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Seattle by David-Edward Hughes

The Color Purple Shines Through at the Paramount

The Color Purple
Felicia P. Fields and Stu James
As national tours of Broadway musicals go, I can unequivocally state that The Color Purple is easily the equal of the production that ran two successful seasons on Broadway. With uniformly fine performances under the able direction of original helmer Gary Griffin, a smashing production design, and a story that is beloved of many from Alice Walker's mega-successful novel and Steven Spielberg's popular film adaptation, the show resonated strongly with the opening night audience in Seattle. Indeed, the story is so strong, its characters so vivid, that it matters little that Marsha Norman's book is a merely adequate condensation of the Walker book, and the musical score by Brenda Russell, Allee Willis and Stephen Bray is rarely memorable, and frequently seems to slow down the forward thrust of the tale.

Walker's heroine Celie is a plain, gawky, southern black young woman whose only early attachment is to her beloved sister Nettie and the two babies she has from what she thinks is a forced, incestuous relationship with her father. The man gives Celie's children away, and ties Celie to an unfortunate marriage with the older, abusive Mister, who had coveted Nettie. Celie's ties to Nettie are severed after Mister tries to make a move on the girl, and Celie is kept from even reading Nettie's letters for many years. Forced to rear Mister's children from his first marriage, Celie accepts her fate as a non-entity to her husband, but ultimately Mister's son, and his force of nature and big as a house bride Sofia, become her allies, and in a more personal way so does saloon singer Shug Avery, Mister's mistress, who gradually becomes the great love of Celie's life, quite unbeknownst to Mister. After many years, Shug discovers that Mister has kept all of Nettie's letters, and gives them to Celie, who discovers Nettie and Celie's long lost children have long been in Africa. Many other plot strands come into play, but the most important are Celie's escape from Mister's home, her success as a maker of "Folks pants," and her ultimately being reunited with Nettie and her own children, thanks to Mister finally doing right by her.

Anyone seeing The Color Purple without having read the book or seen the film would be lost at many moments watching the musical, but odds are they are in the minority of those in attendance. Jeanette Bayardelle as Celie handles her character arc from victim to victor with grace and believability, and the rich, full voice of this gospel recording artist is a joy to experience. From the tender lullaby "Somebody Gonna Love You" to the searing duet "What About Love?" with Shug to the near closing emotional explosion of "I'm Here," Bayardelle honors Walker's character and claims the role as her own, even with the memory such formidable Celies as Whoopi Goldberg in the film and Tony Winner LaChanze on Broadway. Recreating her own Tony-nominated turn as Sofia, Felicia P. Fields holds the audience in the palm of her hand with her explosive comic delivery, and touches the soul as she charts Sofia's return from being beaten down and forced to act as a maid to the Mayor's wife, to recovering her full measure of sass and spirit. Her rendition of "Hell No!" is the first truly rafter-raising musical moment of the evening, and she has wonderful chemistry with the handsome and talented Stu James as her husband Harpo, the pair offering up a delightful comic duet "Any Little Thing" late in act two.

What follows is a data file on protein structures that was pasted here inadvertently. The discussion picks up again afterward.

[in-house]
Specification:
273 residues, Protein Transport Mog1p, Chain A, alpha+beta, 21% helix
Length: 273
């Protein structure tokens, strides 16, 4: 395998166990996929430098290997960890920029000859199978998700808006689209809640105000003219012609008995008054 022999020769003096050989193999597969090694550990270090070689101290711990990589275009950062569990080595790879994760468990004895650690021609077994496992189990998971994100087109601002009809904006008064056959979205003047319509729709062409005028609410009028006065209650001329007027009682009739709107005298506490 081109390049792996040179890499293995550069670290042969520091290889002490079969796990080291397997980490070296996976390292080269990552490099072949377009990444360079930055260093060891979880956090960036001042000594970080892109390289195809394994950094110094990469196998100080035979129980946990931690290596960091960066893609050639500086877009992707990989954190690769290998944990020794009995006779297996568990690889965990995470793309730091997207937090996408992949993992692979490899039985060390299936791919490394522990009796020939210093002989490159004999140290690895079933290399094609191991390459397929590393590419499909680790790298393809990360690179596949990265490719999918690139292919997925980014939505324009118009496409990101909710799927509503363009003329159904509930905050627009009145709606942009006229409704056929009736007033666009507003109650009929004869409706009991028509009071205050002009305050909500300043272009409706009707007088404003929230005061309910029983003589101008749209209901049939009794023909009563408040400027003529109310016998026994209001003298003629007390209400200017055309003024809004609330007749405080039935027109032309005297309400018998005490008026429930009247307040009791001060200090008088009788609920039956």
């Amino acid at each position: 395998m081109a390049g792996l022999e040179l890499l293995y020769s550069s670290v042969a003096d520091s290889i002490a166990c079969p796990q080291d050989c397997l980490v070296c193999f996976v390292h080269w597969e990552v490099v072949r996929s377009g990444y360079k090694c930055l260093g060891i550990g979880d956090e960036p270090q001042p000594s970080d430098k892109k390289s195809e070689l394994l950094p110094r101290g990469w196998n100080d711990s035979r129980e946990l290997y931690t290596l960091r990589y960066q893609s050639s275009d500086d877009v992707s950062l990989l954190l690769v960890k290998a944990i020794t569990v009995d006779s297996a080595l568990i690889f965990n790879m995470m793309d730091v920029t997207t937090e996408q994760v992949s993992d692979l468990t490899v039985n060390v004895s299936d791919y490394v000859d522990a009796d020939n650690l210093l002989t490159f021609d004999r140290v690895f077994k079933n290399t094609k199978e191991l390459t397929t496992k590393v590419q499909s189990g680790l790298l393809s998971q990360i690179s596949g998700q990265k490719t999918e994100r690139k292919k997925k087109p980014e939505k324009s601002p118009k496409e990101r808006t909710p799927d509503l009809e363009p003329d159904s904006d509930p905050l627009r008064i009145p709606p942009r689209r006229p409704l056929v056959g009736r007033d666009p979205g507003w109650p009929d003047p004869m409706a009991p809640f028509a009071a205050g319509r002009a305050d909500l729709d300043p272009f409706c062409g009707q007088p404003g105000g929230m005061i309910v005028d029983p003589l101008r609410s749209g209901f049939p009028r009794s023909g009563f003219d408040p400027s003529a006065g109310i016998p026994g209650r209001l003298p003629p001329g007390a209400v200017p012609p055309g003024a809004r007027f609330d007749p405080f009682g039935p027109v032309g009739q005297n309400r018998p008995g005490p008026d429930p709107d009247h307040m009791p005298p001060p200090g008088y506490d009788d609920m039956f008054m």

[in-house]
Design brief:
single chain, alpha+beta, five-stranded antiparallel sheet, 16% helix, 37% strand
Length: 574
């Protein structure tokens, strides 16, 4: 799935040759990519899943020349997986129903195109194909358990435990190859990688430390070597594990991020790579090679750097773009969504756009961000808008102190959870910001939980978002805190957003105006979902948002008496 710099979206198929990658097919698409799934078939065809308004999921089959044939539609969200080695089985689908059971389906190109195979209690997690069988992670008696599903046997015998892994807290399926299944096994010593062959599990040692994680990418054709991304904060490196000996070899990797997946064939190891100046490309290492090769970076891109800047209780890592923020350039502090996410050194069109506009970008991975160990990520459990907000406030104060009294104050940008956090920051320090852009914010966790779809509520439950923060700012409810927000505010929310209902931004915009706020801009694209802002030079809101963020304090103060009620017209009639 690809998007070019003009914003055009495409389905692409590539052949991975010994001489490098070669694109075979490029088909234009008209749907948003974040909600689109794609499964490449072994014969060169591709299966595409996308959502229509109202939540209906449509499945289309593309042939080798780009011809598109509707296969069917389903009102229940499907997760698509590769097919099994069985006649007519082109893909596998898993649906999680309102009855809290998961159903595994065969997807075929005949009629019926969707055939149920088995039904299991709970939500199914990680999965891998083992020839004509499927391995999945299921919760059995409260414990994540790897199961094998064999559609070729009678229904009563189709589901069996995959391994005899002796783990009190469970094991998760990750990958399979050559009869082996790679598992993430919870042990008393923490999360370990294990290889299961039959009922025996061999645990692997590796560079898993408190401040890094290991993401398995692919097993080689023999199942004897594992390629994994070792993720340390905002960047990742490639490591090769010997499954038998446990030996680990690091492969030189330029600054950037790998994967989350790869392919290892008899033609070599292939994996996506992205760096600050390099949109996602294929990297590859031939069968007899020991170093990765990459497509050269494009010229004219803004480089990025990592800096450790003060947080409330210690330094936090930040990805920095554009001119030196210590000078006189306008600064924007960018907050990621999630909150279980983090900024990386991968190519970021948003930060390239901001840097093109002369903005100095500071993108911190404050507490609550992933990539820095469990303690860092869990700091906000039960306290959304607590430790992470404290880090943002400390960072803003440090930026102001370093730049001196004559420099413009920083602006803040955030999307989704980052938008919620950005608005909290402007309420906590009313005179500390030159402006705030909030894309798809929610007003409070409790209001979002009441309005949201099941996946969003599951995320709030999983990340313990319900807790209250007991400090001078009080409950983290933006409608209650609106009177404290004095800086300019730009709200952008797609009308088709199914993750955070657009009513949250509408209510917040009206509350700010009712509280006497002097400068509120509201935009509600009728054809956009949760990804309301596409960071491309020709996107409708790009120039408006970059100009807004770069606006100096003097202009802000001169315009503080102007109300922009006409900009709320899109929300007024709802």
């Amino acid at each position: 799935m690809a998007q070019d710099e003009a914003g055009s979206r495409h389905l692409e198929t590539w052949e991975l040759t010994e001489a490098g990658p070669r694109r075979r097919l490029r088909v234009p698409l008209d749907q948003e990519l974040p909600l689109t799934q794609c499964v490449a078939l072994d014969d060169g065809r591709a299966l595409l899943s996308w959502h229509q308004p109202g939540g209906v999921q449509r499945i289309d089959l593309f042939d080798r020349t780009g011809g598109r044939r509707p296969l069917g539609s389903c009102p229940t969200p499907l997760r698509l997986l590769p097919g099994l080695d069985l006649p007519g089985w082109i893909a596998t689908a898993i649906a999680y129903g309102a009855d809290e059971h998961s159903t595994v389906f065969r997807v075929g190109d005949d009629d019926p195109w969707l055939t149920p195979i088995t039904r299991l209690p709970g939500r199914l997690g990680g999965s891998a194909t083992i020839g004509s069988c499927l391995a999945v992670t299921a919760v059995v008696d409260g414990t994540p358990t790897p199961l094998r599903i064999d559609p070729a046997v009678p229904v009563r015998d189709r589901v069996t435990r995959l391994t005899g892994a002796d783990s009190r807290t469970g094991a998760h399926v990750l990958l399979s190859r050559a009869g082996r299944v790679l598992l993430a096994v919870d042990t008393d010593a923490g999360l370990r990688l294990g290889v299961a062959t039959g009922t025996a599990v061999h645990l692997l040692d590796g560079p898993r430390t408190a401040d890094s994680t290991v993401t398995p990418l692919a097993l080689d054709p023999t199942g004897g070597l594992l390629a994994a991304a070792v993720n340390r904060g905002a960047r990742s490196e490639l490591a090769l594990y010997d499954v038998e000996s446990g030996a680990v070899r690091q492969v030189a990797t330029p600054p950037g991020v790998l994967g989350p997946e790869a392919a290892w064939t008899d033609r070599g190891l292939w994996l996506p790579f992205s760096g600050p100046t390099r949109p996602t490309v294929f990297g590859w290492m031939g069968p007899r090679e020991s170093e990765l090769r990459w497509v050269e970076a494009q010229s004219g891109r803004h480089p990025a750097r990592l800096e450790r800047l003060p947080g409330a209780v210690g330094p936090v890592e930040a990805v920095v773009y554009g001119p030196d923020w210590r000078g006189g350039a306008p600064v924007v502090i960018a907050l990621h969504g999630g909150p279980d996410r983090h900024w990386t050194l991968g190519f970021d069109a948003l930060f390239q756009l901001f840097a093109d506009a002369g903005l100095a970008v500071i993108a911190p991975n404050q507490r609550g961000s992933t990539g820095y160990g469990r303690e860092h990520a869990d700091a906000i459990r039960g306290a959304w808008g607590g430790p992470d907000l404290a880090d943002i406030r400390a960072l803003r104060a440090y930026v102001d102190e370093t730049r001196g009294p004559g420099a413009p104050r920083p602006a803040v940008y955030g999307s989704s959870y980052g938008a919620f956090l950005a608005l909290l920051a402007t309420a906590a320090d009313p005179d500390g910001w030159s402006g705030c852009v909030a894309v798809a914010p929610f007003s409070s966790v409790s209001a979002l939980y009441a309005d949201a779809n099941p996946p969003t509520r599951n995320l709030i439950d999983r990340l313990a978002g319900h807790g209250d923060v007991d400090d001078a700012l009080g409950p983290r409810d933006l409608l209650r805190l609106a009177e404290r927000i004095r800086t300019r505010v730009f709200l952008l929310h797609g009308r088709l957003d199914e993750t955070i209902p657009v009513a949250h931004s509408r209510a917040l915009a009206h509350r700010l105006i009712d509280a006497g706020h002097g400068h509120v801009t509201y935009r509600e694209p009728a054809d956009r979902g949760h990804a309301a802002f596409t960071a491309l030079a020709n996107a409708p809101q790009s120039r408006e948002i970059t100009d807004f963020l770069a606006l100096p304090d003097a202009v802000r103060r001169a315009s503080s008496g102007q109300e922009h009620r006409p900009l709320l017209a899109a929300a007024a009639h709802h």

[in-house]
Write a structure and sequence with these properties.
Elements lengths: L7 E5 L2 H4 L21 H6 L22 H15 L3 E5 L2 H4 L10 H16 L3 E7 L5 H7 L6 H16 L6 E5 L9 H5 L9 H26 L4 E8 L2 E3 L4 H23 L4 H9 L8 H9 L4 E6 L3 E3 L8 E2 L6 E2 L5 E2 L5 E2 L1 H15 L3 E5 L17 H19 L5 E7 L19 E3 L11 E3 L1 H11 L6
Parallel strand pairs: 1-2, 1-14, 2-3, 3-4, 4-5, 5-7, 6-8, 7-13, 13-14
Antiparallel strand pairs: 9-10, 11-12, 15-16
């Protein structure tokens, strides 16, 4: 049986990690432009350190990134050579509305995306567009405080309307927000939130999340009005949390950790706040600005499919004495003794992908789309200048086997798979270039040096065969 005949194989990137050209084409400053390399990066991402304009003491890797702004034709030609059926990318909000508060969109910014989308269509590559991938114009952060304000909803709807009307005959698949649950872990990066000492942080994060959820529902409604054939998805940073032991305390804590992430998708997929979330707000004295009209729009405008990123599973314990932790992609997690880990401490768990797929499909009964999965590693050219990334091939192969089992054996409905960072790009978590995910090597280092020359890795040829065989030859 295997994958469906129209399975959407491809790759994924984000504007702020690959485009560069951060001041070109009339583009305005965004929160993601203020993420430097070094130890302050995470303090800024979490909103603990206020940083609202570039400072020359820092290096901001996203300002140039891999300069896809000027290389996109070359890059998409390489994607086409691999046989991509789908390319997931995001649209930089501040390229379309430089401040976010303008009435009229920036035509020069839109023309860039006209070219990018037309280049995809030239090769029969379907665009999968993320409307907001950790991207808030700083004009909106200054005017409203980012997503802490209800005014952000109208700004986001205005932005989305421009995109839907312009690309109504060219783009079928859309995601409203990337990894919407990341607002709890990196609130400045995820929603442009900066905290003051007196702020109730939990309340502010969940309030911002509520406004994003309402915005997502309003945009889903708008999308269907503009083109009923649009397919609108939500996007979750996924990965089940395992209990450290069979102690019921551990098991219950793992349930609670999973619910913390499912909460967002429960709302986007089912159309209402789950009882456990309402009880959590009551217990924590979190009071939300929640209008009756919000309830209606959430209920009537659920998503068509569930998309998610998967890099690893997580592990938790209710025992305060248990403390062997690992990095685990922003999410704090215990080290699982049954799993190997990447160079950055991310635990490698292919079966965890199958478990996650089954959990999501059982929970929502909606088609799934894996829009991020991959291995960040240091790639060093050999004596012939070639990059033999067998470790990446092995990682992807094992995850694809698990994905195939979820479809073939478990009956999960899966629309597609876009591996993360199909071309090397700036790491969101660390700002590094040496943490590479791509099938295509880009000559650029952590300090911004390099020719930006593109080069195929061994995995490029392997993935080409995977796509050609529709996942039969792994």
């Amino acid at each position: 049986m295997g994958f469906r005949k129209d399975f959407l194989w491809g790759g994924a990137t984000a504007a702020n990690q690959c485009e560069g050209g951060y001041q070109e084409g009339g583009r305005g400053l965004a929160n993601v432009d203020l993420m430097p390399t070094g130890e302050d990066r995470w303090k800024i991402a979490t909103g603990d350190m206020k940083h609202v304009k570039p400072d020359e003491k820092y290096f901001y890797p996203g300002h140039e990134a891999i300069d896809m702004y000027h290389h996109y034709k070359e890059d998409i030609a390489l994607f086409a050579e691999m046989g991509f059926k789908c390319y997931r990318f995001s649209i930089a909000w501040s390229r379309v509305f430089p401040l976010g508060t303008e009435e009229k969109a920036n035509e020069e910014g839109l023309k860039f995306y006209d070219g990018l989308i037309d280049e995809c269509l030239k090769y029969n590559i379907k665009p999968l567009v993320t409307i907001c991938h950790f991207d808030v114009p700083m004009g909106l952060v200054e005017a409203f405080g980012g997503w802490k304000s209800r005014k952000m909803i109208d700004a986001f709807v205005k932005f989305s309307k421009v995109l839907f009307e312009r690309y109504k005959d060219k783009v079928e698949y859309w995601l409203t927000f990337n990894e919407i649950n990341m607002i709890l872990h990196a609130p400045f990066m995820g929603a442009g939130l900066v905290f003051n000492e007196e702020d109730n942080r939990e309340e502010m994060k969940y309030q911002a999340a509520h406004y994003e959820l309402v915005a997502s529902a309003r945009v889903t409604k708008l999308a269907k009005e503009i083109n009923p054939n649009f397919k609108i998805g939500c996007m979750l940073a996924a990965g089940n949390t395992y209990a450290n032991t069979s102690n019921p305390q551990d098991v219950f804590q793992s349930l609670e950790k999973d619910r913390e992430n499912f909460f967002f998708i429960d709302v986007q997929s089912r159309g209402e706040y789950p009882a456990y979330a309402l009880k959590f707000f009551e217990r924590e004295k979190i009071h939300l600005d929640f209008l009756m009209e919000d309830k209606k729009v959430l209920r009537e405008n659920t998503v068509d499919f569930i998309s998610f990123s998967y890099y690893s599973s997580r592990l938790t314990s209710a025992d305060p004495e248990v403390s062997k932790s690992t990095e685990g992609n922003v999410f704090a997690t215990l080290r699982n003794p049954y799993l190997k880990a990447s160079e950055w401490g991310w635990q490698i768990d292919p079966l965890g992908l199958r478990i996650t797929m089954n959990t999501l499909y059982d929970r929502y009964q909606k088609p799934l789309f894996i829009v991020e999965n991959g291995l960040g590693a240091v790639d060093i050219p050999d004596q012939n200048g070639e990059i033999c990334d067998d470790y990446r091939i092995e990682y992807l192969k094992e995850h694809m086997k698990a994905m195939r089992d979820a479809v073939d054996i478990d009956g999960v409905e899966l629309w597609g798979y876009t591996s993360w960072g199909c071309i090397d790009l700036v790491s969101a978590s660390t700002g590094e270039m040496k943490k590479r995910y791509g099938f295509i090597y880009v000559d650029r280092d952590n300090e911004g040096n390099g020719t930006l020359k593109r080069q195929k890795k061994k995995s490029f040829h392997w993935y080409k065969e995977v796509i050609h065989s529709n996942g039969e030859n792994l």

Rufus Bonds, Jr. as Mister defies the cardboard limitations of the role and makes an audience care about him, despite his heinous treatment of Celie, and he displays a fine vocal instrument in his big solo, "Celie's Curse." Angela Robinson is alluringly sensual as Shug, the magnetic woman beloved of both Celie and Mister, and can sizzle through the sultry "Push Da Button," or break the heart with the title song, both to equal effect. La Toya London is warmly appealing as Nettie, Stephanie St. James is diverting as Squeak, and the trio of full-throated Church Ladies who serve as a pseudo-Greek chorus of town gossips are vivaciously portrayed by Kimberly Ann Harris, Virginia Ann Woodruff, and Lynette Dupree.

Choreographer Donald Byrd creates fluid and varied movement throughout, and fills the "African Homeland" sequences with some dazzling touches, even if it does wear on a bit too long. John Lee Beatty's scenic design is among the most arrestingly beautiful and satisfying created for a large scale musical in recent years, and Brian MacDevitt's lighting design is a triumph of rich color, warm shadows and ingenuity. Paul Tazewell's costumes are a feast for the eyes and illustrate the passages of time in the story perfectly. Jonathan Tunick's orchestrations are as far removed from his Sondheim show modes as could be, but just as wonderful.

It doesn't take a leap of faith to believe that the stirring messages of hope and triumph born of tenacity and faith found in The Color Purple will translate into a lot of the color green coming into the Paramount box office the next few weeks.

The national tour of The Color Purple runs through December 28, 2008 at the Paramount Theatre, 911 Pine Street, downtown Seattle. Special half-price tickets are available for performances on December 24 and 25. For more information visit BroadwayAcrossAmerica.com, or Paramount.com.


Photo: Paul Kolnik



- David Edward Hughes



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